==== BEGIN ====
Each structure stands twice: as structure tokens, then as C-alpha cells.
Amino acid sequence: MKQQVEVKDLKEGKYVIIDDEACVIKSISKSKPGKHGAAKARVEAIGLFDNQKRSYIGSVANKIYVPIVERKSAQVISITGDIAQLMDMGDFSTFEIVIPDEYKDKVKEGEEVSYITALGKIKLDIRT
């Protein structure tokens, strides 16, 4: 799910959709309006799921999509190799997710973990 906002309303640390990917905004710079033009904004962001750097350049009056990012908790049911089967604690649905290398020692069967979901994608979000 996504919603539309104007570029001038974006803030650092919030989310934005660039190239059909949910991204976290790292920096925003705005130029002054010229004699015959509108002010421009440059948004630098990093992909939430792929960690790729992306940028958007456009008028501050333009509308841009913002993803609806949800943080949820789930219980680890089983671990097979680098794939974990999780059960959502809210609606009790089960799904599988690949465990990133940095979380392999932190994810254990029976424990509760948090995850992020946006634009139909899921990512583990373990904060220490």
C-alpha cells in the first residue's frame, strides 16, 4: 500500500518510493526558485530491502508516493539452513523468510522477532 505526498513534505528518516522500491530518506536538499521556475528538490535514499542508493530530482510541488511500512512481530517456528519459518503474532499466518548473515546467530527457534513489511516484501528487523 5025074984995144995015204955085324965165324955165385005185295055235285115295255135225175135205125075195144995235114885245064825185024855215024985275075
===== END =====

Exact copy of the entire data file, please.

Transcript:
Each structure stands twice: as structure tokens, then as C-alpha cells.
Amino acid sequence: MKQQVEVKDLKEGKYVIIDDEACVIKSISKSKPGKHGAAKARVEAIGLFDNQKRSYIGSVANKIYVPIVERKSAQVISITGDIAQLMDMGDFSTFEIVIPDEYKDKVKEGEEVSYITALGKIKLDIRT
């Protein structure tokens, strides 16, 4: 799910959709309006799921999509190799997710973990 906002309303640390990917905004710079033009904004962001750097350049009056990012908790049911089967604690649905290398020692069967979901994608979000 996504919603539309104007570029001038974006803030650092919030989310934005660039190239059909949910991204976290790292920096925003705005130029002054010229004699015959509108002010421009440059948004630098990093992909939430792929960690790729992306940028958007456009008028501050333009509308841009913002993803609806949800943080949820789930219980680890089983671990097979680098794939974990999780059960959502809210609606009790089960799904599988690949465990990133940095979380392999932190994810254990029976424990509760948090995850992020946006634009139909899921990512583990373990904060220490």
C-alpha cells in the first residue's frame, strides 16, 4: 500500500518510493526558485530491502508516493539452513523468510522477532 505526498513534505528518516522500491530518506536538499521556475528538490535514499542508493530530482510541488511500512512481530517456528519459518503474532499466518548473515546467530527457534513489511516484501528487523 5025074984995144995015204955085324965165324955165385005185295055235285115295255135225175135205125075195144995235114885245064825185024855215024985275075